The Root Causes of Sudan's Civil Wars

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Indiana University Press, 2003 - History - 234 pages
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Sudan's post-independence history has been dominated by long, recurring, and bloody civil wars. Most commentators have attributed the country's political and civil strife either to an age-old racial and ethnic divide between Arabs and Africans or to colonially constructed inequalities. In The Root Causes of Sudan's Civil Wars, Douglas H. Johnson examines historical, political, economic, and social factors to come to a more subtle understanding of the trajectory of Sudan's civil wars. Johnson focuses on the essential differences between the modern Sudan's first civil war in the 1960s, the current war, and the minor conflicts generated by and contained within the larger wars. Regional and international factors, such as humanitarian aid, oil revenue, and terrorist organizations, are cited and examined as underlying issues that have exacerbated the violence. Readers will find an immensely readable yet nuanced and well-informed handling of the history and politics of Sudan's civil wars.

 

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User Review  - johnthefireman - LibraryThing

Douglas Johnson is one of the best writers on Sudan, combining academic rigour (especially in anthropology and history) with a sense of the current reality on the ground. This is an excellent summary of the root causes of Sudan's oft-oversimplified civil wars. Read full review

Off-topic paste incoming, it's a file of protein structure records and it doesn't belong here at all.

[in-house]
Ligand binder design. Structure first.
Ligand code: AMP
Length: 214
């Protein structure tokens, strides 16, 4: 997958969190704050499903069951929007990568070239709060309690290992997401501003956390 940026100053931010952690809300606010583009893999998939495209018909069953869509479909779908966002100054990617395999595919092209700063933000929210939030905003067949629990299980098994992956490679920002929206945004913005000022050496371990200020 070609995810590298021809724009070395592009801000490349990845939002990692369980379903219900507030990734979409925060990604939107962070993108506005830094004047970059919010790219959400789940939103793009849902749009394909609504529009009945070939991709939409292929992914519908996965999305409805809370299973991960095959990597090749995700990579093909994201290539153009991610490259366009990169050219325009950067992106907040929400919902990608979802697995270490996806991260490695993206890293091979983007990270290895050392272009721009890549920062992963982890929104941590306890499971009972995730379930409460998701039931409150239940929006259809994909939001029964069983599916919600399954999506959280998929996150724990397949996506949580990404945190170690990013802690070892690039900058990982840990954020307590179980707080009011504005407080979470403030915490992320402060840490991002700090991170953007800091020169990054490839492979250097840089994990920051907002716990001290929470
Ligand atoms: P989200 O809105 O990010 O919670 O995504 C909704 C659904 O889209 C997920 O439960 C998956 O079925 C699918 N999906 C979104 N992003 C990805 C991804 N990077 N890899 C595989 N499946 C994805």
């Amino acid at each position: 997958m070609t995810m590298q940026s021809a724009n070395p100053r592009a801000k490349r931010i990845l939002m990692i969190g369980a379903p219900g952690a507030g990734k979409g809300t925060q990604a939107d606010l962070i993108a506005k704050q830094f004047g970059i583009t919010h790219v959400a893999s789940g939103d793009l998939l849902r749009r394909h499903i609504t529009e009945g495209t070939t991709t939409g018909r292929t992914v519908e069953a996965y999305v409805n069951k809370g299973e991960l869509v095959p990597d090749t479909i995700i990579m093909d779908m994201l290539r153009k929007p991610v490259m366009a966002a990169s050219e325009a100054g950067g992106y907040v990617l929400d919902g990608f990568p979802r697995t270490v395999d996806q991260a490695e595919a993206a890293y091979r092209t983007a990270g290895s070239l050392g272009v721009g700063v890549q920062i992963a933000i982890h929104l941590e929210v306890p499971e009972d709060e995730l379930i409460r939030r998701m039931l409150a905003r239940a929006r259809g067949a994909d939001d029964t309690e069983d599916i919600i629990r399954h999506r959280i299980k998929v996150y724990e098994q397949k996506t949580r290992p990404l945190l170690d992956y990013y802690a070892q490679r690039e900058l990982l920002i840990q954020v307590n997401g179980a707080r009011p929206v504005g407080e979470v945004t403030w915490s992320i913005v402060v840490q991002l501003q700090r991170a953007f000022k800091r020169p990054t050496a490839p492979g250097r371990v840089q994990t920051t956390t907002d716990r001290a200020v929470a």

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Contents

The Historical of NorthSouth Structure Relations
1
British Overrule 18991947
9
Nationalism the First Civil War Independence 194272
21
The Addis Ahaba the Agreement Regional Governments 197283
39
The Beginning of the Second Civil War 198385
59
INTERLUDE
75
The Momentum of Liberation 198691
79
The SPLA Split Surviving Factionalism
91
The Segmentation the Nuer Civil War of SPLAUnited
111
Multiple Civil Wars
127
The War Economy the Politics of Relief
143
Ideas of in the Sudan Peace War
167
BIBLIOGRAPHICAL ESSAY
181
Chronology of Events
195
INDEX
222
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About the author (2003)

Douglas H. Johnson teaches history at St. Antony's College, Oxford University. He has worked with various relief agencies and relief efforts in the Sudan.

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